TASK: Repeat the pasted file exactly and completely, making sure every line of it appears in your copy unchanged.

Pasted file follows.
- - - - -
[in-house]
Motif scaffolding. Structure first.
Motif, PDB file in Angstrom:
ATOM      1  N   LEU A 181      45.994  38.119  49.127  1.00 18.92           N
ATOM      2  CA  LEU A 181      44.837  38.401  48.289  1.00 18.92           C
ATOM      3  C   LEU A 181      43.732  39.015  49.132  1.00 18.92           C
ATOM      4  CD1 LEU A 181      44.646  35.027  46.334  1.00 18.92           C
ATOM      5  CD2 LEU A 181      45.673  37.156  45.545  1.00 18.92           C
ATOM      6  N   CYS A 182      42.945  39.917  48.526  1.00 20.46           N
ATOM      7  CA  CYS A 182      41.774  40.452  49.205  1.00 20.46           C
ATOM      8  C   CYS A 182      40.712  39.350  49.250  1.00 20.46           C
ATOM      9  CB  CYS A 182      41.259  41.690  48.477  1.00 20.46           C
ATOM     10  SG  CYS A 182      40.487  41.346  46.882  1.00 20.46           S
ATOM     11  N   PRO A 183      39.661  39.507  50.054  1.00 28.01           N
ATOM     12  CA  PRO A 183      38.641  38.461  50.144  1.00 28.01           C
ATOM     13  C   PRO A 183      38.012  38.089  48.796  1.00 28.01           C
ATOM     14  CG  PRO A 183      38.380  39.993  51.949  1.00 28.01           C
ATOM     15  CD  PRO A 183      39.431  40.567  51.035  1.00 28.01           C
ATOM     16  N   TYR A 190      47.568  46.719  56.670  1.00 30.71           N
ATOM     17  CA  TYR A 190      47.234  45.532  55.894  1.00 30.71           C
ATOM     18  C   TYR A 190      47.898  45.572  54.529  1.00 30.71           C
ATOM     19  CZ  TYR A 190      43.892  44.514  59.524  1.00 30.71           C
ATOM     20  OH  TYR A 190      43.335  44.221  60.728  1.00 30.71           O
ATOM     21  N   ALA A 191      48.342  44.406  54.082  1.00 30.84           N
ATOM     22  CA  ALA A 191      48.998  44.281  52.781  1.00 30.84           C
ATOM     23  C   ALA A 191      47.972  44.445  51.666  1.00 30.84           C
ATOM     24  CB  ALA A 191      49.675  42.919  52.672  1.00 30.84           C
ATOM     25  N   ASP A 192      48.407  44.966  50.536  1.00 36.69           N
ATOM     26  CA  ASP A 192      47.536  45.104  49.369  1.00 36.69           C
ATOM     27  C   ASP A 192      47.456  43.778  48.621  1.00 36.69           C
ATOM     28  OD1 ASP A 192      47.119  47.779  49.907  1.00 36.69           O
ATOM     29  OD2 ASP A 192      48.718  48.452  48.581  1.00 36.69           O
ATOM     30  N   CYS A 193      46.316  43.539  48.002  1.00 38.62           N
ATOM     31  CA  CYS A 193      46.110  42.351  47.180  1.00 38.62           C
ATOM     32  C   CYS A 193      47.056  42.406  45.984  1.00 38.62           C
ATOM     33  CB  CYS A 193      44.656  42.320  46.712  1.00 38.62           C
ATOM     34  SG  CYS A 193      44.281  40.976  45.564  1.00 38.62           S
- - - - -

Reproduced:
[in-house]
Motif scaffolding. Structure first.
Motif, PDB file in Angstrom:
ATOM      1  N   LEU A 181      45.994  38.119  49.127  1.00 18.92           N
ATOM      2  CA  LEU A 181      44.837  38.401  48.289  1.00 18.92           C
ATOM      3  C   LEU A 181      43.732  39.015  49.132  1.00 18.92           C
ATOM      4  CD1 LEU A 181      44.646  35.027  46.334  1.00 18.92           C
ATOM      5  CD2 LEU A 181      45.673  37.156  45.545  1.00 18.92           C
ATOM      6  N   CYS A 182      42.945  39.917  48.526  1.00 20.46           N
ATOM      7  CA  CYS A 182      41.774  40.452  49.205  1.00 20.46           C
ATOM      8  C   CYS A 182      40.712  39.350  49.250  1.00 20.46           C
ATOM      9  CB  CYS A 182      41.259  41.690  48.477  1.00 20.46           C
ATOM     10  SG  CYS A 182      40.487  41.346  46.882  1.00 20.46           S
ATOM     11  N   PRO A 183      39.661  39.507  50.054  1.00 28.01           N
ATOM     12  CA  PRO A 183      38.641  38.461  50.144  1.00 28.01           C
ATOM     13  C   PRO A 183      38.012  38.089  48.796  1.00 28.01           C
ATOM     14  CG  PRO A 183      38.380  39.993  51.949  1.00 28.01           C
ATOM     15  CD  PRO A 183      39.431  40.567  51.035  1.00 28.01           C
ATOM     16  N   TYR A 190      47.568  46.719  56.670  1.00 30.71           N
ATOM     17  CA  TYR A 190      47.234  45.532  55.894  1.00 30.71           C
ATOM     18  C   TYR A 190      47.898  45.572  54.529  1.00 30.71           C
ATOM     19  CZ  TYR A 190      43.892  44.514  59.524  1.00 30.71           C
ATOM     20  OH  TYR A 190      43.335  44.221  60.728  1.00 30.71           O
ATOM     21  N   ALA A 191      48.342  44.406  54.082  1.00 30.84           N
ATOM     22  CA  ALA A 191      48.998  44.281  52.781  1.00 30.84           C
ATOM     23  C   ALA A 191      47.972  44.445  51.666  1.00 30.84           C
ATOM     24  CB  ALA A 191      49.675  42.919  52.672  1.00 30.84           C
ATOM     25  N   ASP A 192      48.407  44.966  50.536  1.00 36.69           N
ATOM     26  CA  ASP A 192      47.536  45.104  49.369  1.00 36.69           C
ATOM     27  C   ASP A 192      47.456  43.778  48.621  1.00 36.69           C
ATOM     28  OD1 ASP A 192      47.119  47.779  49.907  1.00 36.69           O
ATOM     29  OD2 ASP A 192      48.718  48.452  48.581  1.00 36.69           O
ATOM     30  N   CYS A 193      46.316  43.539  48.002  1.00 38.62           N
ATOM     31  CA  CYS A 193      46.110  42.351  47.180  1.00 38.62           C
ATOM     32  C   CYS A 193      47.056  42.406  45.984  1.00 38.62           C
ATOM     33  CB  CYS A 193      44.656  42.320  46.712  1.00 38.62           C
ATOM     34  SG  CYS A 193      44.281  40.976  45.564  1.00 38.62           S